He was 9 years old when his father suffered a massive stroke that Dolce attributes to his workaholic lifestyle -- "burning the candle at both ends," as he describes it, and not minding his diet on those early 4 a.m. drives to the track -- after which Dolce became compelled by the concept of longevity through nutrition.
A standout powerlifter as a teenager, Dolce orchestrated the weight cuts and ran the conditioning classes for his entire high school wrestling team as the captain, then moved into nutritional consultancy on a local then national basis. By the time Dolce started as a consultant for Sonnen in 2007, he'd already put in time as a strength and conditioning coach for several MMA teams in addition to basketball players at the college and NBA levels.
Since collaborating with some of the UFC's biggest names, Dolce's results have spoken for themselves. When Jackson needed to slash 45 pounds over eight weeks after a 14-month layoff, Dolce was the architect and Rampage's conditioning shone even in defeat. When Thiago Alves found his UFC contract in jeopardy after twice missing weight, it was Dolce who helped turn his career around. He takes a great deal of pride in conjuring "career-defining performances" from his charges.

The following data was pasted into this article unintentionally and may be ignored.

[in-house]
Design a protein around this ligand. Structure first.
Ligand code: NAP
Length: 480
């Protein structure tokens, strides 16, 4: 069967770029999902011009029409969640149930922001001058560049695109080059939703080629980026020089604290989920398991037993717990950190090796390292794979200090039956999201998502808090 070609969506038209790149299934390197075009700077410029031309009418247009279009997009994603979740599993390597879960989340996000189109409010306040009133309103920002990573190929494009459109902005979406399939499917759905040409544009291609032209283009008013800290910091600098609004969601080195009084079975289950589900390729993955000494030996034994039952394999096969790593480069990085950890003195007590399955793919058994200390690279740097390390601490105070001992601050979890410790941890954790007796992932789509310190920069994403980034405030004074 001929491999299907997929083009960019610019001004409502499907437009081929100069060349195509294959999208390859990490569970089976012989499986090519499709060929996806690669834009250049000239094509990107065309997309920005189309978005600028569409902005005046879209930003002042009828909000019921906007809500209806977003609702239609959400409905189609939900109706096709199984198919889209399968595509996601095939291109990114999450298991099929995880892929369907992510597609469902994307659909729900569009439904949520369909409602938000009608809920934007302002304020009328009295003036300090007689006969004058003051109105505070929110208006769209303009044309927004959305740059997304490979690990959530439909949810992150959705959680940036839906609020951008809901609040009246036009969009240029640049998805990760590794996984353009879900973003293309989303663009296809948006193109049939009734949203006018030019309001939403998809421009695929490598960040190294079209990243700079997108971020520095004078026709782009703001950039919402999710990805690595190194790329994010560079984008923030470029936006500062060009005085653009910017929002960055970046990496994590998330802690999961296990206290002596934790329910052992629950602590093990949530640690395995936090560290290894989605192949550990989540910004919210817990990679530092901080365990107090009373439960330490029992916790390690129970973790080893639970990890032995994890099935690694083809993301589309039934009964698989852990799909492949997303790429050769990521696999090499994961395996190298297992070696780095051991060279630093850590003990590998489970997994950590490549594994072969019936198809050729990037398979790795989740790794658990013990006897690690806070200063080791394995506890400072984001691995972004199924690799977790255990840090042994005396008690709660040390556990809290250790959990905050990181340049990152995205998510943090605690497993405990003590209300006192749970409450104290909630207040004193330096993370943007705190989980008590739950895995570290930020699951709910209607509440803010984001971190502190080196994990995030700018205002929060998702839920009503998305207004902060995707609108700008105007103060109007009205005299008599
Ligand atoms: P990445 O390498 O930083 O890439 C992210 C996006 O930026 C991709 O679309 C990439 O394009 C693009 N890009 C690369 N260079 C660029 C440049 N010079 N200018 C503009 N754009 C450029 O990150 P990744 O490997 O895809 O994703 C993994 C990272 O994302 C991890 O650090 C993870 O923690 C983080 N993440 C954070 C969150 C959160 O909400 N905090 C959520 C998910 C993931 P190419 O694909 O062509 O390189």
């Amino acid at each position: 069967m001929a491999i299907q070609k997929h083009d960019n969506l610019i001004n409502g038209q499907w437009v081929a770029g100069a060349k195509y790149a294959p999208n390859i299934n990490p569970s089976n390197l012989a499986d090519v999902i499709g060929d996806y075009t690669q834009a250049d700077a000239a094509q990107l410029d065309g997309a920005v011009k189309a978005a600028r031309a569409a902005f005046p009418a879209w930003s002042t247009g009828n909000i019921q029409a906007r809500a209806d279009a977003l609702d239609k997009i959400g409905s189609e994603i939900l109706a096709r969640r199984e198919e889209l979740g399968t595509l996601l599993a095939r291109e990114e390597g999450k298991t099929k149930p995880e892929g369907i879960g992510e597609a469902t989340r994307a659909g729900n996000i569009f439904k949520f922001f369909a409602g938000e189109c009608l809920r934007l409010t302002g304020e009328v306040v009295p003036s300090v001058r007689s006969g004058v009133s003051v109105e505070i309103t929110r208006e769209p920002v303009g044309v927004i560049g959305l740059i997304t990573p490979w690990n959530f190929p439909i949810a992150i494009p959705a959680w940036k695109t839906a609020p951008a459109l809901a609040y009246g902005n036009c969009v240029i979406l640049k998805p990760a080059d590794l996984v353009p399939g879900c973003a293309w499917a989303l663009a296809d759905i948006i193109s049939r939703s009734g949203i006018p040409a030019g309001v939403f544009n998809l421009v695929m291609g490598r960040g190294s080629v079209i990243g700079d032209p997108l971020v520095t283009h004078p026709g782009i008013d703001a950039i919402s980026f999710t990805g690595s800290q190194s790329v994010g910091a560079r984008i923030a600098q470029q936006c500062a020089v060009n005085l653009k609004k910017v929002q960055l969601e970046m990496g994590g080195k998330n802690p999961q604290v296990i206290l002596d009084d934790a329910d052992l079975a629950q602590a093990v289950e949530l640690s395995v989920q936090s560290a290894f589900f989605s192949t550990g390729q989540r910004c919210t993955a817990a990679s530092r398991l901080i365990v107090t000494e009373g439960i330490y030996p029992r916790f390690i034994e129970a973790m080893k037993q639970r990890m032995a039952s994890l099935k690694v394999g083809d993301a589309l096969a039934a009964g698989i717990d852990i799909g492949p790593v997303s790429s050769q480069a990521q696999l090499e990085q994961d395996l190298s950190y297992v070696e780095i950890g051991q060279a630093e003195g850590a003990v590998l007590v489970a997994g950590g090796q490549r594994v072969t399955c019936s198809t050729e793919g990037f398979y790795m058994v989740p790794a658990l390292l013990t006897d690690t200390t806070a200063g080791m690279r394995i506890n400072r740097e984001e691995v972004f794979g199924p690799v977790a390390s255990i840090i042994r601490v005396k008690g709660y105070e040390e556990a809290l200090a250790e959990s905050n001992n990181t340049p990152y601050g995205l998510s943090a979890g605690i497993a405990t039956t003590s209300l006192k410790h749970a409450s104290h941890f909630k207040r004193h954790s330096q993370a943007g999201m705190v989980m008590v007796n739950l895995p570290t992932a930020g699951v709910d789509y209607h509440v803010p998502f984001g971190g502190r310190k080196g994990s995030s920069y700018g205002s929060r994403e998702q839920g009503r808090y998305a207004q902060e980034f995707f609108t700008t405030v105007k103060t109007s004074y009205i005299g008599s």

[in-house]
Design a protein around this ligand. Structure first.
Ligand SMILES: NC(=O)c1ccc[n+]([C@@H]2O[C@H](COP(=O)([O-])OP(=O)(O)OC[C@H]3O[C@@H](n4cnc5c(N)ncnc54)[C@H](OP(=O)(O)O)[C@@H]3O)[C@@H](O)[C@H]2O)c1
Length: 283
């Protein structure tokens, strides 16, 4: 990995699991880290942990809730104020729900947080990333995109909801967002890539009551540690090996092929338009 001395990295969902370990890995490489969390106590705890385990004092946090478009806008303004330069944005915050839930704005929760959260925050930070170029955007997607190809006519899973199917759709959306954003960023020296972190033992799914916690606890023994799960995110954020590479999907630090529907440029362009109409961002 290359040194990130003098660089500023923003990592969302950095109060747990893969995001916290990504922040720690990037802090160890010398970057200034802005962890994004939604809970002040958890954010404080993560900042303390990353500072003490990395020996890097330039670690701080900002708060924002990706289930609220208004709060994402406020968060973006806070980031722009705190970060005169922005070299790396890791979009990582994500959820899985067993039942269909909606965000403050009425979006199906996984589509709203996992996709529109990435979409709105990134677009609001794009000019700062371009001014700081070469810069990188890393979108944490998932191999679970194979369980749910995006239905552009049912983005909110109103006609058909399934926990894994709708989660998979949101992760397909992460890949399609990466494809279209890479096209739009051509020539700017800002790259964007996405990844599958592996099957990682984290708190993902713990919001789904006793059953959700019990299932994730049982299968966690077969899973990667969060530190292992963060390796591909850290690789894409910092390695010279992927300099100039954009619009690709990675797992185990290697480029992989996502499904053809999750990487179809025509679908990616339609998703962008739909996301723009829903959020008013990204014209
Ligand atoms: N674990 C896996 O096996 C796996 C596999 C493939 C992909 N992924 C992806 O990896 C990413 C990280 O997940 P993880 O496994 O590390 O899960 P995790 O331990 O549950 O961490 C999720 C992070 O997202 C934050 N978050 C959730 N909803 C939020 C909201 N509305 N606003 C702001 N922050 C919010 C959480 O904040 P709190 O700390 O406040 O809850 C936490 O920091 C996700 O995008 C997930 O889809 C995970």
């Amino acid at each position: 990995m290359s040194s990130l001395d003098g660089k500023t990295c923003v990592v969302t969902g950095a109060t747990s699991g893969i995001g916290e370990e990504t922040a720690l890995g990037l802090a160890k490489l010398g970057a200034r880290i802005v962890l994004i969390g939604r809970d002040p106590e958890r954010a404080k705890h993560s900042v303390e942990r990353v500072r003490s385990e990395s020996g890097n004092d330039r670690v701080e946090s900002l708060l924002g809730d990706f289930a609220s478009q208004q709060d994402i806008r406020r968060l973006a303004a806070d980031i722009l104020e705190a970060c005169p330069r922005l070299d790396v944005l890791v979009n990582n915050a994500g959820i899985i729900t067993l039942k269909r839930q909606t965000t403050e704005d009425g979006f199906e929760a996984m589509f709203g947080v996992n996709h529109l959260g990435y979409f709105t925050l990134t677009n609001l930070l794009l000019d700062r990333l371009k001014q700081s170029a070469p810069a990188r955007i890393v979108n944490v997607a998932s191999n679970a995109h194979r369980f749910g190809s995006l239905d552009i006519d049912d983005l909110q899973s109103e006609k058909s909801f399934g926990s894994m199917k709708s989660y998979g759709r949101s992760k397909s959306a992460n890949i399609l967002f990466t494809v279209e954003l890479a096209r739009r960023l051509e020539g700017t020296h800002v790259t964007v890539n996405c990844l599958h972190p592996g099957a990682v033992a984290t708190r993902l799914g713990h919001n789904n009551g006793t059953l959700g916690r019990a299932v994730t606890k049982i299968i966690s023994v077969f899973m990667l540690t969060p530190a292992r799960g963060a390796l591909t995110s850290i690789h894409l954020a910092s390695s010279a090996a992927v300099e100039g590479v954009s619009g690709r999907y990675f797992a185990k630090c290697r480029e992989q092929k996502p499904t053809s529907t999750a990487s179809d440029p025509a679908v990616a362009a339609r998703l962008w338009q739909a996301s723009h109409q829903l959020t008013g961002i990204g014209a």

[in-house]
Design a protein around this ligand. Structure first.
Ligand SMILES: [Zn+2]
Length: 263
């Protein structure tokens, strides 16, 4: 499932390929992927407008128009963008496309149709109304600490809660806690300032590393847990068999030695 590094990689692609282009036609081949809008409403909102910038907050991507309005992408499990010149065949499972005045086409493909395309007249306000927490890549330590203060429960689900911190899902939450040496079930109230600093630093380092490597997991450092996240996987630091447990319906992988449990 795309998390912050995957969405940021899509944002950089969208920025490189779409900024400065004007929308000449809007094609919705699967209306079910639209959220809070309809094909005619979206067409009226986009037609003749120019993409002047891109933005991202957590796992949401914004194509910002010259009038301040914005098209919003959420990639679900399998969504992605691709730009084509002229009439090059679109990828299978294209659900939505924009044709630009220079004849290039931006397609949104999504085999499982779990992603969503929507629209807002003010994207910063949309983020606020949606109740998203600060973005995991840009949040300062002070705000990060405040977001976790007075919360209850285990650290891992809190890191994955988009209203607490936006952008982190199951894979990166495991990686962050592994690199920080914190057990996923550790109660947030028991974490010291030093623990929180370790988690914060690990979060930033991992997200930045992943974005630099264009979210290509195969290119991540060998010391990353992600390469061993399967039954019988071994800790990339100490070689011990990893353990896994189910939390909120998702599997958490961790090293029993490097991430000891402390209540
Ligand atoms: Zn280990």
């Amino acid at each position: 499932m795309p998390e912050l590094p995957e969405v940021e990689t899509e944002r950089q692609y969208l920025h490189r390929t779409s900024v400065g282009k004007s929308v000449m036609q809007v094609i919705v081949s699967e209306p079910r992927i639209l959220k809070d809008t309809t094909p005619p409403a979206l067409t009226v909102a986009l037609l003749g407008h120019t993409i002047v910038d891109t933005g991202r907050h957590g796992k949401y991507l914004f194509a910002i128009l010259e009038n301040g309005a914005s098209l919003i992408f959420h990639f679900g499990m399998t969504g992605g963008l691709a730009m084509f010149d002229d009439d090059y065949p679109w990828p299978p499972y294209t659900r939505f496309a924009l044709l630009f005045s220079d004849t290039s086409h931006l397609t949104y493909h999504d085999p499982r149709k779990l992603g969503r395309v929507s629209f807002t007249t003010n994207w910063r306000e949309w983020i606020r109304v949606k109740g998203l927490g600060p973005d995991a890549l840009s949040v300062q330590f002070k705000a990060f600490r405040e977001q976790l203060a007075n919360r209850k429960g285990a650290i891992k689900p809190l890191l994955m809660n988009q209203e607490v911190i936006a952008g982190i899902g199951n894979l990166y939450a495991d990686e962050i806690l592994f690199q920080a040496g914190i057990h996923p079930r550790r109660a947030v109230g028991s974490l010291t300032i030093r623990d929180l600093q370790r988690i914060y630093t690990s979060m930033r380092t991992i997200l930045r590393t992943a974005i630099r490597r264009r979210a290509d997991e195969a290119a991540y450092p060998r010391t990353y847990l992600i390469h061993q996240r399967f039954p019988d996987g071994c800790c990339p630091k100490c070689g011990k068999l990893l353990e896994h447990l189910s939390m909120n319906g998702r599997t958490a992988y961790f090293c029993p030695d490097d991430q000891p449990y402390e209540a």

To prepare for Saturday's highly anticipated rematch with Silva, Sonnen paid Dolce a weekly fee plus expenses to move into his Las Vegas home for the past month to manage his diet. The results paid off Friday afternoon, when Sonnen appeared healthy and energetic on the scale -- no sign of the sunken cheekbones or sickly pallor common to those athletes who drain themselves to make a weight limit with one of the most important physical competitions of their lives just a day away.
Dolce, who is bullish on Sonnen's chances in the title fight, was highly specific about what to expect on fight night.
"He'll weigh 218 tomorrow night in the cage, and he will be the epitome of what a world-class athlete should look like," he said. "It's easy."